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Refinance to Eliminate Mortgage Insurance

There are situations when it is possible to refinance your home loan and eliminate the mortgage insurance charge early. Even as mortgage rates have increased, the savings from eliminating mortgage insurance can justify the higher rate.

 

VA and USDA Loans

These loan programs offer advantageous loan terms to military veterans and people living in rural areas. In lieu of mortgage insurance, the VA loan requires a small, up-front charge that is financed into the loan. The USDA loan requires both a small, up-front charge and a small monthly fee that is 0.4% of your the loan amount.

Both programs are inexpensive and have favorable terms. Refinancing is extremely beneficial when the borrower is able to obtain a lower rate.

Click here to read about the USDA and VA mortgage insurance structures.

 

FHA Loans

The FHA loan has a relatively complicated mortgage insurance structure that recently underwent a few importance changes.

At base, the important this to know is that FHA loans taken out after April 1, 2013 are more expensive for borrowers, thus making the benefits of refinance (when possible) even larger.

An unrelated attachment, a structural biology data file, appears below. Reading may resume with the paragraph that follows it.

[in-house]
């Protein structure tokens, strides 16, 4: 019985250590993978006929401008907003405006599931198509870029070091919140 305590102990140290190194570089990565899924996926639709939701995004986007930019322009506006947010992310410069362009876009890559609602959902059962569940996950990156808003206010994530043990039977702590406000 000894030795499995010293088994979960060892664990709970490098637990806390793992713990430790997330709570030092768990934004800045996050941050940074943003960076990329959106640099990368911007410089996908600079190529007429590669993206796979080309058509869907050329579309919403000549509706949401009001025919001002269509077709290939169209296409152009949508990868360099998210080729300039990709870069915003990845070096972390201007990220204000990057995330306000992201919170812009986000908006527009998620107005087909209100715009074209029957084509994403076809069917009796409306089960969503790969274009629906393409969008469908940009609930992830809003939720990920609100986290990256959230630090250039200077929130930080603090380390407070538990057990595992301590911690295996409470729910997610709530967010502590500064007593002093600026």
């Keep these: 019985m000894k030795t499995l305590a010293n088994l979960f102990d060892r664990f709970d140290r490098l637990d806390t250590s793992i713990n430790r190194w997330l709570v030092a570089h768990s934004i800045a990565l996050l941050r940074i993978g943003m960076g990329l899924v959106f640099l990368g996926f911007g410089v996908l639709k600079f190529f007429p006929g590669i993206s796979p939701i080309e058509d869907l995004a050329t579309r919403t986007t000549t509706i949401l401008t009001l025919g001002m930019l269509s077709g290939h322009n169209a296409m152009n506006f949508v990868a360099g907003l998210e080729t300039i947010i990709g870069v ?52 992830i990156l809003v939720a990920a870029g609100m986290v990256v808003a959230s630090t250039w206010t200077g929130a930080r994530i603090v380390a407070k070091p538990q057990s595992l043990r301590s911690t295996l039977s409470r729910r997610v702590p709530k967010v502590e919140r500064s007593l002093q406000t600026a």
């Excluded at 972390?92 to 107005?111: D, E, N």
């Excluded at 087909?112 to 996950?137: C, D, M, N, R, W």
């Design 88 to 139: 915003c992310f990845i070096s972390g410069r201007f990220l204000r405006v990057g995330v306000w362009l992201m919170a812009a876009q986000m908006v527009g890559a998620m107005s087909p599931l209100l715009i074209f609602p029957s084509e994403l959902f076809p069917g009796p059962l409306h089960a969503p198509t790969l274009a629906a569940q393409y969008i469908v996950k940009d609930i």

The changes did two things:

  • Increased monthly insurance payments.
  • Increased the duration that the monthly mortgage insurance is required.

In the past, mortgage insurance on many FHA loans would be cancelled after five years and/or 78% equity threshold. Now, mortgage insurance is required to run either 11 years or the entirety of the loan term.

Borrowers must reach the equity thresholds (78%) by way of payment. In other words, borrowers can’t rely on an increase in equity due to market movement.

The fees can get very expensive in either fee structure (old or new). Consider, a standard FHA monthly mortgage insurance fee charges 1.25% of the loan amount. This brings your monthly interest rate up from (say) 4.25% to 5.50%.

Click here to read about the FHA mortgage insurance structure.

 

Conventional Loans

Mortgage insurance is required on conventional loans for down payments under 20%. Unlike with the FHA loan, there is no minimum term – when a borrow reaches the 78% threshold, the mortgage insurance is dropped.

Also unlike the FHA loan, home value appreciation counts towards increased equity. If the market is improving and your home is suddenly worth more, these gains can count towards your equity threshold.

Here is another trick: mortgage insurance is dropped at 78% by law, but if borrowers catch it early – after 80% – they can make additional savings.

 

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Written by Central Coast Lending - Go to Central Coast Lending's Website/Profile
805.543.LOAN info@centralcoastlending.com